• Panellists discussed what investors and consumers should watch out for when buying into stratified integrated development.

KUALA LUMPUR (Jan 19): A strong Management Corporation (MC), a healthy maintenance budget and simplified design are among crucial elements to ensure that a property’s condition would be tiptop. This was shared during the “Fireside Chat: Costly to Judge a Book by its Cover” at The Edge Malaysia Property Management Virtual Talk 2024, which was held at Common Ground, Wisma UOA Damansara II in Kuala Lumpur on Friday.

Attended by 210 participants, The Edge Malaysia Property Management Virtual Talk 2024 is a two-day virtual talk to be held on Jan 19 and 20.

Presented by City & Country, the property pullout of The Edge Malaysia weekly, the virtual talk is supported by the Association of Property and Facility Managers, Architect Centre Sdn Bhd, Building Management Association of Malaysia, Institute of Landscape Architects Malaysia and EdgeProp Malaysia, with Nippon Paint as its main partner.

Friday’s virtual talk, titled “From Hero to Zero: Buying Ill-Designed Strata Commercial Property”, featured two sessions hosted by Chur Associates founder and managing partner Chris Tan and Architect Centre Sdn Bhd accredited building inspector and trainer Anthony Lee Tee, respectively.

The fireside chat session was moderated by The Edge Malaysia editor emeritus Au Foong Yee and featured Tan, Lee and Rehda Malaysia president Datuk NK Tong.

In Tan’s session titled “Legal Nightmares”, Tan raised the issue of the inadequacy of the existing statutory regime, as well as the dynamics of the judicial interpretation.

He noted that both the Strata Title Act 1985 and Strata Management Act 2013 are due for a review to catch up with the evolving property development trend, especially for mixed-use developments. He added that there is also a need in defining the permitted property usage to catch up with new circumstances such as Airbnb.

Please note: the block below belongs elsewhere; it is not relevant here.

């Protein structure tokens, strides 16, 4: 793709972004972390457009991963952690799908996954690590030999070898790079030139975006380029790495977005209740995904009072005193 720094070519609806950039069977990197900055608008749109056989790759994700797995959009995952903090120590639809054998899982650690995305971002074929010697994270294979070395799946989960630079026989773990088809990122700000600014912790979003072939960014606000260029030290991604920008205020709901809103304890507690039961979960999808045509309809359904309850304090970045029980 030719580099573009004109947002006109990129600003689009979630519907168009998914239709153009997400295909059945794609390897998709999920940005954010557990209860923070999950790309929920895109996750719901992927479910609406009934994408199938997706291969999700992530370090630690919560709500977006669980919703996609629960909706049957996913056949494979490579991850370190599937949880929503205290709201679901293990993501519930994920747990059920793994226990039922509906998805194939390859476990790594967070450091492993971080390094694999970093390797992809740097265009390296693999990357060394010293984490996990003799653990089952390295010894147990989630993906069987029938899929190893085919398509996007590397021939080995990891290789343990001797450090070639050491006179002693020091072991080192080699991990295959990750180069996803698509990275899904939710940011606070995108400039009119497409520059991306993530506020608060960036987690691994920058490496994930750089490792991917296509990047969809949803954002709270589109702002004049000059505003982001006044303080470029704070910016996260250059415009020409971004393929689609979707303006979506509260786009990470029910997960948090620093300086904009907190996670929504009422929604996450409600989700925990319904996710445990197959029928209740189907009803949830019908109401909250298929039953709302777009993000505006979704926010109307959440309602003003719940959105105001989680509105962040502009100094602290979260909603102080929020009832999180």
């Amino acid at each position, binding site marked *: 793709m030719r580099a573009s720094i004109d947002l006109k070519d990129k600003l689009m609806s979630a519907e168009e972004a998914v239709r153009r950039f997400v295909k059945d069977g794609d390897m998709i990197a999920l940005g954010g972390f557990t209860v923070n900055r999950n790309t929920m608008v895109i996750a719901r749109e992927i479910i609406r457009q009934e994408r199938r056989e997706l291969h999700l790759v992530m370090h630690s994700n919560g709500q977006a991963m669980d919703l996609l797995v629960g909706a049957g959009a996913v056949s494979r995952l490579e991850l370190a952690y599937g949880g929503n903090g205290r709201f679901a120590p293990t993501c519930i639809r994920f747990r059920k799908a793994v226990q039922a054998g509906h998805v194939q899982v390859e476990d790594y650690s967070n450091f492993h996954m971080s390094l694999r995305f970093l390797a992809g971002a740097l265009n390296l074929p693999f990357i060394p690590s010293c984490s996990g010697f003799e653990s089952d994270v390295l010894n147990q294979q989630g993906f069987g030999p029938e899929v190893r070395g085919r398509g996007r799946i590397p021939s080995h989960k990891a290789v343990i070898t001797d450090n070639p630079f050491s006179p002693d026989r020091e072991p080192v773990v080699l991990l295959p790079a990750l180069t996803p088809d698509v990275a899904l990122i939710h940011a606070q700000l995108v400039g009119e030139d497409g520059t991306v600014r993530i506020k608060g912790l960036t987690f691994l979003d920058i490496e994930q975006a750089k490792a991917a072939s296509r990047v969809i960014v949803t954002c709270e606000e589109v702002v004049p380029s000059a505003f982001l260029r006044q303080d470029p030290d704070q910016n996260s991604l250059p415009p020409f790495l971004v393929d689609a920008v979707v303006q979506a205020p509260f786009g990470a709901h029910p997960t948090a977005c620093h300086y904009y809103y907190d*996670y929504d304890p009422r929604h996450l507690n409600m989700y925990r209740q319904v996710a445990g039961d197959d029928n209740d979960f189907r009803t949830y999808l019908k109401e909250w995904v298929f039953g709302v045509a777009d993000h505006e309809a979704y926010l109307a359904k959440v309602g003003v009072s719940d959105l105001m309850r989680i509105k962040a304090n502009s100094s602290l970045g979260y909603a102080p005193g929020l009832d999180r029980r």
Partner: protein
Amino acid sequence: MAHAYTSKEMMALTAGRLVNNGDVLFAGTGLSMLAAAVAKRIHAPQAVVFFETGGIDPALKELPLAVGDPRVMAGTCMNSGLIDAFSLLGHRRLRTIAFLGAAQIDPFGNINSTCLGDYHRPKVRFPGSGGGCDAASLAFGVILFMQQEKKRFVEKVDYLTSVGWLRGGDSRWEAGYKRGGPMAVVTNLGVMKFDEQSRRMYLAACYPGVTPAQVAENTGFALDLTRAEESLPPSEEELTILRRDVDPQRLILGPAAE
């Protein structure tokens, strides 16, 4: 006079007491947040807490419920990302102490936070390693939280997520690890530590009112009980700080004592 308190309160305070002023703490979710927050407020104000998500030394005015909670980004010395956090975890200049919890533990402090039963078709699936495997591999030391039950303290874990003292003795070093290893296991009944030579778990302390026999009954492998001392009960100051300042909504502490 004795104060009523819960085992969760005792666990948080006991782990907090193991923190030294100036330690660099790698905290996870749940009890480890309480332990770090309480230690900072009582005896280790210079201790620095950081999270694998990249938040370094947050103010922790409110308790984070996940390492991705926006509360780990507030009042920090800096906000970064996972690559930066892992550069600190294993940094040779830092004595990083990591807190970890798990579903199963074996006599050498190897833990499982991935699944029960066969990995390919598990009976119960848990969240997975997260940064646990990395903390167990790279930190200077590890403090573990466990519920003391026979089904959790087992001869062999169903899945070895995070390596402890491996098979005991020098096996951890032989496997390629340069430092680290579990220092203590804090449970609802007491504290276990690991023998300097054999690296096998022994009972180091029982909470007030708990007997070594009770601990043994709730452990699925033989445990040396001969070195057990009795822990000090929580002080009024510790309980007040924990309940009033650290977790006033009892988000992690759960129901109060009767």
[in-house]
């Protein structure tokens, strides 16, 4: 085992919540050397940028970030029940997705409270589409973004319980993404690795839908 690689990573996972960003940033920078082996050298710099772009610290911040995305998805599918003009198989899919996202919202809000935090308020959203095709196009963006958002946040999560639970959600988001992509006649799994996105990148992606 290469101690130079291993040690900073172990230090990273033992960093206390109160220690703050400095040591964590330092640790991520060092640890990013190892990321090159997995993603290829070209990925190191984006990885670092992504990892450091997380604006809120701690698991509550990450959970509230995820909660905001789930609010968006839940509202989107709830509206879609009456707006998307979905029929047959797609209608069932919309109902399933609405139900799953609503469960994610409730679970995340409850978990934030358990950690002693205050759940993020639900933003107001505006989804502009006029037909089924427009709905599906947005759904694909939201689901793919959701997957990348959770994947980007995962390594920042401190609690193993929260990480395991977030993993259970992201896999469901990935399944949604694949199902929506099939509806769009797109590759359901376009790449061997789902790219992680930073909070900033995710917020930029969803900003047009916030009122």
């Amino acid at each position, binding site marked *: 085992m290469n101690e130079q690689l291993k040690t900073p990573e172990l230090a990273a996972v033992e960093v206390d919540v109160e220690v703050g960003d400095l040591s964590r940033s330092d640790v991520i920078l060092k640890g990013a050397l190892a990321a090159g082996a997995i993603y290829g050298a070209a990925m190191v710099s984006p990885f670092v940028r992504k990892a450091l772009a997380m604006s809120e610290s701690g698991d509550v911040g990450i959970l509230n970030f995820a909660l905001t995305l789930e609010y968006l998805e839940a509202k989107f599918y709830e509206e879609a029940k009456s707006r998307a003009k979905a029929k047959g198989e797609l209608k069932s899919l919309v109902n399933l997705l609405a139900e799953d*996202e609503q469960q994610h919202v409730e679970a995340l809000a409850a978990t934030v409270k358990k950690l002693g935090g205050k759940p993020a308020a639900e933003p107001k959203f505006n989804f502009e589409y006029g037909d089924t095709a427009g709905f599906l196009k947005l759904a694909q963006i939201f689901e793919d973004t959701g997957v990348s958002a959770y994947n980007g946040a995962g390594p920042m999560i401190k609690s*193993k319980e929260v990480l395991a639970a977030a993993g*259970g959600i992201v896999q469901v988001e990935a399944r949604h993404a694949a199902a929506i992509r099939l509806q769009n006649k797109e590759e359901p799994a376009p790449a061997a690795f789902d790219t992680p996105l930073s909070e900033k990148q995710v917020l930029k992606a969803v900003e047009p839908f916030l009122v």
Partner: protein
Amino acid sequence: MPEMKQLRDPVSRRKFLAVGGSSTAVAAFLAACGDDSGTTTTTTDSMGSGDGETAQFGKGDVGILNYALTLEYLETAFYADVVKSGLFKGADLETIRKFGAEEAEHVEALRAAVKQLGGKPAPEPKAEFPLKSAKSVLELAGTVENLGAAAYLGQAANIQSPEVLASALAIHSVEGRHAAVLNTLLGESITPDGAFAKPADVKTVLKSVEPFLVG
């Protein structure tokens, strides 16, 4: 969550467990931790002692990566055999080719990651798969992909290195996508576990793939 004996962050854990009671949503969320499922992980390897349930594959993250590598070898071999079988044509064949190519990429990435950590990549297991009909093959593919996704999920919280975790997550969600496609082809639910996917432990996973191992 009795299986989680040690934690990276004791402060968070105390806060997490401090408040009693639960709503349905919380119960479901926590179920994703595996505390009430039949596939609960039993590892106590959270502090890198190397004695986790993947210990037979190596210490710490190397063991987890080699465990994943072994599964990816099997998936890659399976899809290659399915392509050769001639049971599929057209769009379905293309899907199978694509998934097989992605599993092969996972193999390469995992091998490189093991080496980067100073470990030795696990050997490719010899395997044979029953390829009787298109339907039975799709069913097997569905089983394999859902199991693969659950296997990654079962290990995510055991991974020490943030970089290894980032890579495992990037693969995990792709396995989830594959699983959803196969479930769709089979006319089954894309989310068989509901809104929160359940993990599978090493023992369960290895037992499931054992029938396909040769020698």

Besides that, with the Strata Title Issuance and the formation of the MC being crucial for the management of a property, Tan shared that Chur Associates are looking into the idea of forming an MC from day one, upon delivery of the vacant possession. However, he noted that owners may not be fully educated or equipped with the right knowledge to manage the development effectively, if doing so.

Moreover, Tan advised homebuyers to do their own research about strata property and strata property management to avoid legal nightmares. These researches include learning the rate of charges over the years, the issues brought up during the annual general meeting (AGM), the profiles of property managers and the developer, as well as the criteria of an award that has been won by the property, if there is any.

During Lee’s session titled “Maintenance Horror”, he said the country’s property industry has progressed rapidly in the last 30 years — from building simple shoplots or houses to multi-use strata commercial buildings.